Dissertation slide show 1.3

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  • mtwentulan@ukzn.ac.za
  • End this session with the aims and objectivesThen methodology
  • Why am I using this theoryMust be clear that this theory fits in with the ideas must have a practical value and be linked to the research-relevanceWhat is aesthetic exactly and how has it been used in other research
  • Do people want to look different/ have their own stylesIs it more conforming to what we see if they are different do they think they will be not fit in or is it cool to be different (matter of belonging/acceptance) and whyDo I have the elements of theory in my questions
  • Why did we use each of these
  • Fits into lit review
  • Includedreds and braids
  • Do not see much of this trend. Researcher anticipates that this trend will come about in the immediate future.Would they wear something like this and why not
  • mtwentulan@ukzn.ac.za
  • Dissertation slide show 1.3

    1. 1. Wannabe’s Understanding the impacts of Black American media on Black South African adolescent girls’constructions of beauty and hair preferencesBy Diamond Rileydnr7b@virginia.edu
    2. 2. Introduction Role of the media. Globalization
    3. 3. Introduction- The Paradox The Paradox
    4. 4. Hair as an assimilationsist accessory  A piece of clothing, speech pattern, or hairstyle, which is used in an attempt to demonstrate equality within the dominant group. These “accessories” can be removed at will and illustrate in an attempt to fit in with and adhere to the standards proscribed by the dominant group.
    5. 5. Theory Social Comparison Theory suggests that consumers make automatic comparisons to what they see, and as a result, those comparisons become what consumers strive for (Botta 1999
    6. 6. Research Problem and Objectives The objective of this study is to focus on the ways in which globalized Black America media impacts Black South African women’s constructions of beauty and hair preferences Questions that will be asked include:  How are your ideas formed about what is considered beautiful  How would you describe the influence of the Black American media on the way South Africans see beauty?  What is the impact of South African media on your hair choice?  How would you respond to the statement: Young South African women want to emulate the ways in which Black American young women in dress and beauty?  Who do you identify with?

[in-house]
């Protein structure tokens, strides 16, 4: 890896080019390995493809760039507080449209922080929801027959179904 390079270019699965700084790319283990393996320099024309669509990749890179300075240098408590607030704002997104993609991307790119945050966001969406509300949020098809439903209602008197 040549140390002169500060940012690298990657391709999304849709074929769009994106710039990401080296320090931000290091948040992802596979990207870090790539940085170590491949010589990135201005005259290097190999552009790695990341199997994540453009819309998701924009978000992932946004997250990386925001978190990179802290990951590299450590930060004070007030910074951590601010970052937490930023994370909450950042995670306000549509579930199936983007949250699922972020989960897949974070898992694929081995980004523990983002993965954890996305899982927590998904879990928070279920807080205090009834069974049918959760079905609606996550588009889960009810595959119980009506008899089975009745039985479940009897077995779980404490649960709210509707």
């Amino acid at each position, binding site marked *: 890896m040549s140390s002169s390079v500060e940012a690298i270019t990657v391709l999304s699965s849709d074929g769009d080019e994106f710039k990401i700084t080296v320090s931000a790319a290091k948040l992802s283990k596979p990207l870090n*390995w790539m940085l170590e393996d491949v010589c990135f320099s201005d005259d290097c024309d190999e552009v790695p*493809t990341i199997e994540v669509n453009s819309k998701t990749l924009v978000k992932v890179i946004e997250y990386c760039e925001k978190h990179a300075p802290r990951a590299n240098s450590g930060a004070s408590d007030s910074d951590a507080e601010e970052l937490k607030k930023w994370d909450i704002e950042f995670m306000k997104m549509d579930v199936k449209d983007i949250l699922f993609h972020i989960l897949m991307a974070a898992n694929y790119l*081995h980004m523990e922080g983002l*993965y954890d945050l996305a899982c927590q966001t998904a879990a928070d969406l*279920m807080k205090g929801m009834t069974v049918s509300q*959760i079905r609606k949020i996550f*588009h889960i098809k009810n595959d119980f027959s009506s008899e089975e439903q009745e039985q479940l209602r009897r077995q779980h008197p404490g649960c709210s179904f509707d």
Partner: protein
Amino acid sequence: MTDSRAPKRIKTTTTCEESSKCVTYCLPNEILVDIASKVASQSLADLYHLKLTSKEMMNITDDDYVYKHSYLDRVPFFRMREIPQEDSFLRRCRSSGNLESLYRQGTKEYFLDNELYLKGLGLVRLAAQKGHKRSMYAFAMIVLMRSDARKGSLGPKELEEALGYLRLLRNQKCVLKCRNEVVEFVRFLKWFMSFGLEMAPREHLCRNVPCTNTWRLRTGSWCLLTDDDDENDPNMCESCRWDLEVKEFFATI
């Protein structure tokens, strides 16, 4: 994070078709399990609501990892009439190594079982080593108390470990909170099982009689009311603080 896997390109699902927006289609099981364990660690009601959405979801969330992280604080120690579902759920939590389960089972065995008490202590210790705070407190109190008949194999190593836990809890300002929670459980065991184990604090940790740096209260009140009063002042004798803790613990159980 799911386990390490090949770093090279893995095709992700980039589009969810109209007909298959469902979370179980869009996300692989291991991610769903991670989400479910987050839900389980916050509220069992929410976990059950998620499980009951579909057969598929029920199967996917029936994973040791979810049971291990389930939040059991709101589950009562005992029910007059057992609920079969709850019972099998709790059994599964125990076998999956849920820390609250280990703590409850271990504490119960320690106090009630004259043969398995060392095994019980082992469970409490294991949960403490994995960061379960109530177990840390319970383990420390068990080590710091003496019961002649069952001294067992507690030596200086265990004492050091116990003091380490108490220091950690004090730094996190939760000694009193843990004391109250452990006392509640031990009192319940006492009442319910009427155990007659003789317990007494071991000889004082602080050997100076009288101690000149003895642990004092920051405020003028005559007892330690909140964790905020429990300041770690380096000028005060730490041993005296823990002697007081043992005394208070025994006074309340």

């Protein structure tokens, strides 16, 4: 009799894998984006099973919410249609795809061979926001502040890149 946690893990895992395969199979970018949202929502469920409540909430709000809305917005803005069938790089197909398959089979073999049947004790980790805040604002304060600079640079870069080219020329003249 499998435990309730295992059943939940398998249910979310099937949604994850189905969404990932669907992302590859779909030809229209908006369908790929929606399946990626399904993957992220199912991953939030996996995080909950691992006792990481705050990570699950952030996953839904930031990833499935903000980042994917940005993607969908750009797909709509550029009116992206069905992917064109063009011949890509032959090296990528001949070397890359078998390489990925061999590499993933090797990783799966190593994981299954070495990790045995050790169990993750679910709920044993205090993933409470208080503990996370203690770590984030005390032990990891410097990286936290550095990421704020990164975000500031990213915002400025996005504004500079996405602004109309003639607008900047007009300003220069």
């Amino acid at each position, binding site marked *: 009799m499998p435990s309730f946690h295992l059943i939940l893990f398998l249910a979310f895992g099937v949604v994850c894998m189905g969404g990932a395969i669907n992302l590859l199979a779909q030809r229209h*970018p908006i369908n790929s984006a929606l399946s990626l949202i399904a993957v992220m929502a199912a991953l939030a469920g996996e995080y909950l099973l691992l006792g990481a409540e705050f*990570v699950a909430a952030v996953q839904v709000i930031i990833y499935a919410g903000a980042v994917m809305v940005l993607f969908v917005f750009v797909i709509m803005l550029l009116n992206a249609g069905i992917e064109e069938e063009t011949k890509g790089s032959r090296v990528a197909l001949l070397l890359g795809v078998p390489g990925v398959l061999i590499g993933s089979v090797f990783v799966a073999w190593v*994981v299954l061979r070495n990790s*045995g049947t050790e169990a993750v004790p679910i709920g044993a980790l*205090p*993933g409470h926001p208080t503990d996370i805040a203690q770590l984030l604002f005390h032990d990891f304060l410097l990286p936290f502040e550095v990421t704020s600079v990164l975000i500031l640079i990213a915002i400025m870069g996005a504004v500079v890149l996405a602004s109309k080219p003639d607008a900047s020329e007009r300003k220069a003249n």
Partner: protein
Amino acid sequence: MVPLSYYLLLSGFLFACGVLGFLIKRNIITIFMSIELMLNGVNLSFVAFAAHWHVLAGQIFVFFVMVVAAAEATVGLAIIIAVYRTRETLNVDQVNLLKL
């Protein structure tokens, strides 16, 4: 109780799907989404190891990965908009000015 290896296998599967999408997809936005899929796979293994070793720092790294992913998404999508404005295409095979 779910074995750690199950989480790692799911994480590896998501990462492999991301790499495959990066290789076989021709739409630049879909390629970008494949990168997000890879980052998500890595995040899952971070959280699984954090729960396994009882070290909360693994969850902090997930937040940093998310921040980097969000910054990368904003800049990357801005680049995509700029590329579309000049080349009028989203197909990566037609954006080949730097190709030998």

7. 7. Research Design Qualitative study  Conducted using semi-structured interviews within a constructivist paradigm. Convenient sampling  Benefits
    8. 8. Research Instruments Interview ScheduleHow are your ideas formed about what is considered beautifulHow would you describe the influence of the Black American media onthe way South Africans see beauty?What is the impact of South African media on your hair choice?How would you respond to the statement: Young South African womenwant to emulate the ways in which Black American young women indress and beauty?Who do you identify with?
    9. 9. Data Collection and Procedures Black African students within the Discipline of Psychology Time and venue Quiet environment Interviews will last one hour Informed Consent Form. Audio Taped using a laptop. The researcher will conduct the interview in two sessions.  Session 1  Session 2
    10. 10. Data Analysis English transcription Thematic analysis. Data driven coding  Themes
    11. 11. Limitations Positionality  Differential degrees of power.
    12. 12. Hair Trends Seen In South Africa Short Hair Style Long Luxurious Hairstyle  Most often in black  Also seen in Blond Thick hair braided to the side Natural Curly Style High Pony Tail
    13. 13. Short Hair Styles
    14. 14. Long Luxurious Hair Style
    15. 15. Curly Natural Hair Style Thick Braid to the Side
    16. 16. High Pony Tail
    17. 17. Future Prediction
    18. 18.  Examples of photos used during Session 1 discussion starter